Genetic selection - Application of science to systematic improvement of a population, e.g. through selective breeding.

Gigawatt (GW) - A measure of electrical power equal to one billion watts (1,000,000 kW). A large coal or nuclear power station typically has a capacity of about 1 GW.

Global Climate Change - Global climate change could result in sea level rises, changes to patterns of precipitation, increased variability in the weather, and a variety of other consequences. These changes threaten our health, agriculture, water resources, forests, wildlife, and coastal areas.

Global warming - A term used to describe the increase in average global temperatures due to the greenhouse effect.

Grassland pasture and range - All open land used primarily for pasture and grazing, including shrub and brush land types of pasture; grazing land with sagebrush and scattered mesquite; and all tame and native grasses, legumes, and other forage used for pasture or grazing. Because of the diversity in vegetative composition, grassland pasture and range are not always clearly distinguishable from other types of pasture and range. At one extreme, permanent grassland may merge with cropland pasture, or grassland may often be found in transitional areas with forested grazing land.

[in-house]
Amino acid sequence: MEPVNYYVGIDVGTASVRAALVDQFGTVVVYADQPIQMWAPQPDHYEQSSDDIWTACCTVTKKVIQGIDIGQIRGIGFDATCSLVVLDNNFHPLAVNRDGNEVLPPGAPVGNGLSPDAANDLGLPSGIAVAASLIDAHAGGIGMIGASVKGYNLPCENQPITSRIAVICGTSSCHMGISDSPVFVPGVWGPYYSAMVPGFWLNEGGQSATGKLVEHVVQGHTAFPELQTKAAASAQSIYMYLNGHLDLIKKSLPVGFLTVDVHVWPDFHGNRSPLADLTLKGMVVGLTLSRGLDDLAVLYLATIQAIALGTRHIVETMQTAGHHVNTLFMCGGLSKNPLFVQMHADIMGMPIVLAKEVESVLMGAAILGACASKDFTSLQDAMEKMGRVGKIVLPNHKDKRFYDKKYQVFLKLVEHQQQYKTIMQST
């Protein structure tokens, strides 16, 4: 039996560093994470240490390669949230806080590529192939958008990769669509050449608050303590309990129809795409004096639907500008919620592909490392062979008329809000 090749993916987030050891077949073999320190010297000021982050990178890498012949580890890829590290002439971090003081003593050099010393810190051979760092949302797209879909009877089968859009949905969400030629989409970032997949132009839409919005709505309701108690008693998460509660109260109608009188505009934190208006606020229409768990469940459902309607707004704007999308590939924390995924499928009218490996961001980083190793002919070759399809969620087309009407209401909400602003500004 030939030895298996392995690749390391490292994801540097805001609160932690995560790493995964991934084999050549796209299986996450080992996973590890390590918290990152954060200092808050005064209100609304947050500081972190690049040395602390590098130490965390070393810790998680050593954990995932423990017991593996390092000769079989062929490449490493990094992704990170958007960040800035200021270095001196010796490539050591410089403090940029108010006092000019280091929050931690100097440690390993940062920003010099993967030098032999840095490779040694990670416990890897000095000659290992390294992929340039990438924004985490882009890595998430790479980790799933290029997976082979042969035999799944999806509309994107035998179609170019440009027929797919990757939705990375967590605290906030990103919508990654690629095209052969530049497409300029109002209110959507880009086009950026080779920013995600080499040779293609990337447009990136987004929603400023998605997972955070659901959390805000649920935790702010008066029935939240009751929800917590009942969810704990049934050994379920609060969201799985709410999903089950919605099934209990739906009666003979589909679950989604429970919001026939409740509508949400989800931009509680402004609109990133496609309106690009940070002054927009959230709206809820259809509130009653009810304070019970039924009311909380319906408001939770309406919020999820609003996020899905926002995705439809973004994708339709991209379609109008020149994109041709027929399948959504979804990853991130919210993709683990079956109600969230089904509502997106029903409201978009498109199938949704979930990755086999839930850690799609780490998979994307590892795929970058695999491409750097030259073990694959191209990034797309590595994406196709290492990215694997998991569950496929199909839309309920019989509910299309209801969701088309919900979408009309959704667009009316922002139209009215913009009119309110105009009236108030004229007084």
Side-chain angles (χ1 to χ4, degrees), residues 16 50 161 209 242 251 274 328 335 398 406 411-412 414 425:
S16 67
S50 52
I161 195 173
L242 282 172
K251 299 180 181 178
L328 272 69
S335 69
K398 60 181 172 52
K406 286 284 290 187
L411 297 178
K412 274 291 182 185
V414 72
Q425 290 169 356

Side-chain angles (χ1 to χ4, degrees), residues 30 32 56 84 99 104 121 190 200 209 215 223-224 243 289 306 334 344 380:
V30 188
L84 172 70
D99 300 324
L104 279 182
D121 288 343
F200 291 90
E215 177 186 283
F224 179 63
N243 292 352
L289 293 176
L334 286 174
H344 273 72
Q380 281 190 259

Greenhouse effect - The effect of certain gases in the Earth's atmosphere in trapping heat from the sun.

Greenhouse gases - Gases that trap the heat of the sun in the Earth's atmosphere, producing the greenhouse effect. The two major greenhouse gases are water vapor and carbon dioxide. Other greenhouse gases include methane, ozone, chlorofluorocarbons, and nitrous oxide.